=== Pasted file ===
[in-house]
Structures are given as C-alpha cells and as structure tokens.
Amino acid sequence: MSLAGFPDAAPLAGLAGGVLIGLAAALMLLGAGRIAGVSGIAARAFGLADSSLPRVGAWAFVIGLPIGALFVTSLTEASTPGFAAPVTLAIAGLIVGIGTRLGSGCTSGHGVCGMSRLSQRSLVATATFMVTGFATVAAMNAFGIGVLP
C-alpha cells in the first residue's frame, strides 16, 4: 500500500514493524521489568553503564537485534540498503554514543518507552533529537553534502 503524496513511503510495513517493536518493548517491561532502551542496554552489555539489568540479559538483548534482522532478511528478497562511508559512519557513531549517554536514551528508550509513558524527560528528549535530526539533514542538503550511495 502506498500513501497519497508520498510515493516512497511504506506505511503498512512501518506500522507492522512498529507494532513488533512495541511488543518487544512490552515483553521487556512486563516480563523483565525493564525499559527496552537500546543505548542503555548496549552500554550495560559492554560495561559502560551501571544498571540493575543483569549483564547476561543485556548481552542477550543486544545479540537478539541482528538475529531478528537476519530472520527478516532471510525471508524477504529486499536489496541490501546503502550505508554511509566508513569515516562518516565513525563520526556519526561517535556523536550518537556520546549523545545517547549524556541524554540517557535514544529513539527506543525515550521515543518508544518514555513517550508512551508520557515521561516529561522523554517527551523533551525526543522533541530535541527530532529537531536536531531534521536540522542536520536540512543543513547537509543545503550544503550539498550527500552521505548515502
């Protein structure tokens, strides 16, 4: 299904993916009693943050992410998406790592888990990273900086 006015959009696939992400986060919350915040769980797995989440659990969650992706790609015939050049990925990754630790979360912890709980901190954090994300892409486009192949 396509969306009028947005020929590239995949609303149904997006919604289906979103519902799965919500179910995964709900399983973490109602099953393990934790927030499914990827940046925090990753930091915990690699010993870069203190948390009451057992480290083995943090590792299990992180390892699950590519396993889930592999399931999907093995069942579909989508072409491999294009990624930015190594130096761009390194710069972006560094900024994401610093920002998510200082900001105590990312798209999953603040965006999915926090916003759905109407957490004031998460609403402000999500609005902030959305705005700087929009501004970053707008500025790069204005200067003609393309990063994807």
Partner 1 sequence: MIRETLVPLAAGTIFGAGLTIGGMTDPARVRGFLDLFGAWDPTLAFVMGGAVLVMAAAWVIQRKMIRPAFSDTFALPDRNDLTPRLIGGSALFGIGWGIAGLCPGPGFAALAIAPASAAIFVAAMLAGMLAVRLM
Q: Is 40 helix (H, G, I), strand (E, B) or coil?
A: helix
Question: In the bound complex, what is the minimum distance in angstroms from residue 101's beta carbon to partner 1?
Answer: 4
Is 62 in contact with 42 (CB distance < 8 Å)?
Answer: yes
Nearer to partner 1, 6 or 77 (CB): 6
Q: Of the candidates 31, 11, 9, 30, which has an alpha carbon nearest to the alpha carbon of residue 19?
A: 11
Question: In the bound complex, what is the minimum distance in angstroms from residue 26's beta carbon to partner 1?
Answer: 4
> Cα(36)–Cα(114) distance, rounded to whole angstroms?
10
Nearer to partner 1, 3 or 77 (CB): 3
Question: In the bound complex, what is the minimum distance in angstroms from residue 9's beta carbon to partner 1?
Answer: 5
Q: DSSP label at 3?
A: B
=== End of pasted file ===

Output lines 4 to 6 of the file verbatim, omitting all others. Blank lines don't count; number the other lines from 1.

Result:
C-alpha cells in the first residue's frame, strides 16, 4: 500500500514493524521489568553503564537485534540498503554514543518507552533529537553534502 503524496513511503510495513517493536518493548517491561532502551542496554552489555539489568540479559538483548534482522532478511528478497562511508559512519557513531549517554536514551528508550509513558524527560528528549535530526539533514542538503550511495 502506498500513501497519497508520498510515493516512497511504506506505511503498512512501518506500522507492522512498529507494532513488533512495541511488543518487544512490552515483553521487556512486563516480563523483565525493564525499559527496552537500546543505548542503555548496549552500554550495560559492554560495561559502560551501571544498571540493575543483569549483564547476561543485556548481552542477550543486544545479540537478539541482528538475529531478528537476519530472520527478516532471510525471508524477504529486499536489496541490501546503502550505508554511509566508513569515516562518516565513525563520526556519526561517535556523536550518537556520546549523545545517547549524556541524554540517557535514544529513539527506543525515550521515543518508544518514555513517550508512551508520557515521561516529561522523554517527551523533551525526543522533541530535541527530532529537531536536531531534521536540522542536520536540512543543513547537509543545503550544503550539498550527500552521505548515502
């Protein structure tokens, strides 16, 4: 299904993916009693943050992410998406790592888990990273900086 006015959009696939992400986060919350915040769980797995989440659990969650992706790609015939050049990925990754630790979360912890709980901190954090994300892409486009192949 396509969306009028947005020929590239995949609303149904997006919604289906979103519902799965919500179910995964709900399983973490109602099953393990934790927030499914990827940046925090990753930091915990690699010993870069203190948390009451057992480290083995943090590792299990992180390892699950590519396993889930592999399931999907093995069942579909989508072409491999294009990624930015190594130096761009390194710069972006560094900024994401610093920002998510200082900001105590990312798209999953603040965006999915926090916003759905109407957490004031998460609403402000999500609005902030959305705005700087929009501004970053707008500025790069204005200067003609393309990063994807």
Partner 1 sequence: MIRETLVPLAAGTIFGAGLTIGGMTDPARVRGFLDLFGAWDPTLAFVMGGAVLVMAAAWVIQRKMIRPAFSDTFALPDRNDLTPRLIGGSALFGIGWGIAGLCPGPGFAALAIAPASAAIFVAAMLAGMLAVRLM